8 Key Ideas Context Reification Explicit location for context information enables a reliable cross- context usage (e.g. Context node [2][3] ) Context Nesting The capability of nesting different contexts allows to define subcontexts which validity depends on the upper context Context Temporal Management A context may be valid only in a given time interval, keeping it explicit allows an easier management of time Context Discovery By analyzing sensor data it is also possible to discover new contexts, not previously defined Multiple Contexts per sensor A sensor may join different contexts at the same time (eg. low battery sensor and exposed to sunlight) [4] Context Priority When orders to sensors interfere for active contexts, use priority information for each context

9 Key Ideas The Pilot Join operation could be rethought in terms of explicit context, allowing PerLa to become a full context-aware system But how to practically implement such a system?

10 Implementation The context awareness in WSN is implemented in very different ways, but the key factor is to keep it work under a declarative language. As an example, in [4][8][9][5] the concept of a declarative language is present, in other works is mentioned but no further detail is given (e.g. [10][7])

11 Some examples Some conceptual schemata of various systems are presented here: From [2]

12 Some examples Some conceptual schemata of various systems are presented here: From [4]

13 Some examples Some conceptual schemata of various systems are presented here: From [3]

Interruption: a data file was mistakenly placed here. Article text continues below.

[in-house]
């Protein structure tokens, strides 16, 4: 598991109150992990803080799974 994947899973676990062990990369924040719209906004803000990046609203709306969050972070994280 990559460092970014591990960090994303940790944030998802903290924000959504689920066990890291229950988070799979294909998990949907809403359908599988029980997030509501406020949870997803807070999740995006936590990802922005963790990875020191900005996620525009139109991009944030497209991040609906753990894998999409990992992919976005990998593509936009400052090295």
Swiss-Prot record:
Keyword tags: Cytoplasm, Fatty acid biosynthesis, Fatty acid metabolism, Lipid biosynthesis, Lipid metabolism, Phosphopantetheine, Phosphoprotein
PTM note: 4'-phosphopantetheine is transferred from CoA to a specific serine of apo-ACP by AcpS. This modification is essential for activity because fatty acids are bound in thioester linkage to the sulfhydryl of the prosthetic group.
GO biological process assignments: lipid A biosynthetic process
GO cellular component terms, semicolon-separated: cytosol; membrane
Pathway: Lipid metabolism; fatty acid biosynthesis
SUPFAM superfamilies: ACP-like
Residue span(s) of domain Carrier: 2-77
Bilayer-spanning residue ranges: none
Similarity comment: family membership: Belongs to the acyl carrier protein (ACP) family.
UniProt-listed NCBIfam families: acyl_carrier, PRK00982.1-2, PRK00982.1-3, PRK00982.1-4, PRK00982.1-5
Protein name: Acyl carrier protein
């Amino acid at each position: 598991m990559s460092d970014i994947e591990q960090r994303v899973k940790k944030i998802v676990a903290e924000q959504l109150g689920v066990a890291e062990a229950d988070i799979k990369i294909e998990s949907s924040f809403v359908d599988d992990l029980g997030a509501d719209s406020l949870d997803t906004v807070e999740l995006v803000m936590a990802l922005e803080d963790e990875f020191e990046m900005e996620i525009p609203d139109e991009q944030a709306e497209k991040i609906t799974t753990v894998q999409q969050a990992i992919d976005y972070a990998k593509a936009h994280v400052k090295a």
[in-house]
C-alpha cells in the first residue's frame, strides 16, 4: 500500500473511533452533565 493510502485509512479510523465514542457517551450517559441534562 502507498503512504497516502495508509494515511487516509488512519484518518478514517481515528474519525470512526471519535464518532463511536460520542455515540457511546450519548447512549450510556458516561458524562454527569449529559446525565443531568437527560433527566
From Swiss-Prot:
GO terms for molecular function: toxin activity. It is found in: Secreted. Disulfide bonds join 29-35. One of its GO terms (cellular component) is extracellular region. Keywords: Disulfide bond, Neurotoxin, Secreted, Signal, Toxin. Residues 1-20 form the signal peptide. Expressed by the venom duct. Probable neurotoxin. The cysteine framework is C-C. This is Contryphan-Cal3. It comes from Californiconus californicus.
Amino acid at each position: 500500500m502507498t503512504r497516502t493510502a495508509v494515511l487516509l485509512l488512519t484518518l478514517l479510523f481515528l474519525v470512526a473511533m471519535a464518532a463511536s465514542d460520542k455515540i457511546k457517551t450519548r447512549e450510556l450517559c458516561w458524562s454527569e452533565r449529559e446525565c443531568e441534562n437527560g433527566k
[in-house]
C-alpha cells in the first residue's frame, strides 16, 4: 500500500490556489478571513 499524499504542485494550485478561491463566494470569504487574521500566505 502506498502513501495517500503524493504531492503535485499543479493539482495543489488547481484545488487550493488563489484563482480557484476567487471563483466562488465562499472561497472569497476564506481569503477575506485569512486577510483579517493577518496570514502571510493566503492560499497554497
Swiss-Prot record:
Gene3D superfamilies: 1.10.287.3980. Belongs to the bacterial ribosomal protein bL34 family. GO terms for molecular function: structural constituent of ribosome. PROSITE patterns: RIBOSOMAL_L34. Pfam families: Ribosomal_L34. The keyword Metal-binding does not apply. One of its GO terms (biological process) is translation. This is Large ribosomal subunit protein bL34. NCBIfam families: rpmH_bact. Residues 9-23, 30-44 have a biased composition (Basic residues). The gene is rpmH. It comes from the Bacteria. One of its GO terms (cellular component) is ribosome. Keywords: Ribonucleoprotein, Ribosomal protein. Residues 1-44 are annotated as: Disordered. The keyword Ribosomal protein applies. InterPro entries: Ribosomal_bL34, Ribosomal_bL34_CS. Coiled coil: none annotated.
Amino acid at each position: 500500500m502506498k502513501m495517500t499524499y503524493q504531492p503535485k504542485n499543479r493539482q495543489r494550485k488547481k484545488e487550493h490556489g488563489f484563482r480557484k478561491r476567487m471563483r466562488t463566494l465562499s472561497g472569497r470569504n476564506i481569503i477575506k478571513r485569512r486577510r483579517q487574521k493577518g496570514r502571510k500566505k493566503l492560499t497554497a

14 Some examples Some conceptual schemata of various systems are presented here: From [7]

15 Context-aware examples Monitor the tampering sensor of the accessible containers when the ship is docked (GPS): if tampering is detected monitor nearby containers at higher frequency (Four contexts may be involved, but the last one is created only after the other ones) Tampering sensor Photo by Patrick Boury (CC)

16 Context-aware examples Every container with low sensor batteries must be monitored at a lower frequency, but if it is exposed to direct sunlight, it must be monitored at a higher frequency (Two concurrent contexts are involved, but the last one has a higher priority and overrides the sampling frequency defined by the first one) Photo by Patrick Boury (CC) Every container with fresh food must be monitored after one hour since direct sunlight is detected, for a maximum time of three hours. Every 30 sec. (Temporal dependent context is involved: the context is created after the sunlight detection, but it is activated after one hour)

17 Context-aware examples Monitor the data correlation between temperatures, if an unexpected situation is detected (e.g. outliers detection) create a new context and raise an alarm (e.g. a fire is spreading on the ship, but this event wasn’t defined!) Photo by Patrick Boury (CC)